Pedestrian Nation

I’ve noticed that the words “Diablo Cody” are worth some page points in the blogosphere lately, so I’m shamelessly dropping them into this post. I don’t know why her name is drawing traffic. I’ve turned a blind eye to her since the horrible news of her marriage and pregnancy. It’s not that I have anything against the greatest troll in screenwriting living happily as she desires, it’s that women with a bit of edge tend to lose that after they have kids. They either cash in their punk points and become just as aggressive mothers as they were artists (and make fraudulent claims about TSA agents), or they keep their rock n’ roll and become really, really lousy mothers. The fact that this woman will have a kid makes me believe that her detractors will view her as more human, and less a reflection of their miserable failed careers. Children may be the future but the latter is much funnier and more important.

After endless recommendations from friends whom I had respected, I finally watched an episode of “Glee” this weekend. It reminded me a lot of what Kurt Cobain wrote in his suicide note about his hatred of humanity and how easy it is to lose passion in a world full of people without empathy. Perhaps Cobain had seen the days of Glee coming and knew it was only a matter of time before the buffet-crowding imbeciles of Dumbfuckistan would listen to his music as it was spewed from the lips of some happy-go-lucky pre-op with happy feet. Could he see the face of the man in Kansas who would turn to his wife and say, “That girl can really sing, huh?” and then maybe download the song later on iTunes and refer to it as “that song from Glee”?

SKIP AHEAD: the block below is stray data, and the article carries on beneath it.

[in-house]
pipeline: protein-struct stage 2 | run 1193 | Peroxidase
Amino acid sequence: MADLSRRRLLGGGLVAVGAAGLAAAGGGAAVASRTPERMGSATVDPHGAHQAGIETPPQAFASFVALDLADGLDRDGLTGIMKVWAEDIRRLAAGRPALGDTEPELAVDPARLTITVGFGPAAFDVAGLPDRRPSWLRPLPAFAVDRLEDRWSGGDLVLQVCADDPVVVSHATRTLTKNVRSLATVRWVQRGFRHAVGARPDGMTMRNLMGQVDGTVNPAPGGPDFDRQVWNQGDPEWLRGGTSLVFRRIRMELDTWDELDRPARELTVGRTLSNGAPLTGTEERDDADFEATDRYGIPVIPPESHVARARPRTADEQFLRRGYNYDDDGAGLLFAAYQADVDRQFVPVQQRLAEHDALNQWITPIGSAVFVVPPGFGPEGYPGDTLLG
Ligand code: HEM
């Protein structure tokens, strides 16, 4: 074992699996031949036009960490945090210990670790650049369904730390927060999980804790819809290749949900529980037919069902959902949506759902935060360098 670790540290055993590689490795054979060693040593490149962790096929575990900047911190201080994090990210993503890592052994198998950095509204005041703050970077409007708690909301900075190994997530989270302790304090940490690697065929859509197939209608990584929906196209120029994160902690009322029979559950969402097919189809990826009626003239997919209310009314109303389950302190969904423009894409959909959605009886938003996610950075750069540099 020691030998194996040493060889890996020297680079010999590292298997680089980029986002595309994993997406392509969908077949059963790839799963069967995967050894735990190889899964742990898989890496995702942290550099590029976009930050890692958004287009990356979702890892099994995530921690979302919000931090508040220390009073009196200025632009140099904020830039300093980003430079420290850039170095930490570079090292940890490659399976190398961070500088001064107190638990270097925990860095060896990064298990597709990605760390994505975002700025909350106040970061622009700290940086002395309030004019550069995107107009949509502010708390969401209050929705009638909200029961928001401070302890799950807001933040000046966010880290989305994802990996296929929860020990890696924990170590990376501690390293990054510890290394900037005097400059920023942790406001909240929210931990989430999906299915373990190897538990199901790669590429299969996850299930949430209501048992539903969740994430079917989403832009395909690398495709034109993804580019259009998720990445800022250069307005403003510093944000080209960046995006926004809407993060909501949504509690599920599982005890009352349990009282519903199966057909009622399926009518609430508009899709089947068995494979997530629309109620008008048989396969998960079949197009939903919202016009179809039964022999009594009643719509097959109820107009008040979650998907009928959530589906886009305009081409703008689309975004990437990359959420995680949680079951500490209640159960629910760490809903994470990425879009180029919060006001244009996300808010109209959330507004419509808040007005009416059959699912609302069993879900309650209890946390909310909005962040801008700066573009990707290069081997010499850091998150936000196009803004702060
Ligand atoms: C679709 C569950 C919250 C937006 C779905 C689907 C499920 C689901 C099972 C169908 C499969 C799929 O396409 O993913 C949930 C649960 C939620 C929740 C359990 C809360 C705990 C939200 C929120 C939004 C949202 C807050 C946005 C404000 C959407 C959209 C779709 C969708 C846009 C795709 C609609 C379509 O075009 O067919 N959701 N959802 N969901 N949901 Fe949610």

It is possible, had Cobain known the past, that he foresaw the day when the “Pedestrian Nation” would again rise to engulf entertainment with their Snuggie blankets and Rock Band game systems. Because it’s happened before.

In 1984, a television show premiered featuring a cast of adorable children who faced the daily tribulations of school life while performing in their music group, “Kidz, Inc.”. The show, Kids Incorporated, ran for approximately nine years. These children, whose troubles involved playground bullies and harboring secret crushes on classmates, covered popular songs like “All Fired Up” and “Livin on a Prayer”. The latter, a Bon Jovi classic about the struggles of the working class during the height of Reagonomics, was performed at the local malt shop known as The P*lace:

He’s not even pretending to play the right notes. But I digress. What was once a shred of truth about the nature of maintaining a blue collar relationship has been put through the pedestrian blender and minced into a sauce that everybody can enjoy, even the sonofabitch who owns the diner that Gina works all day at.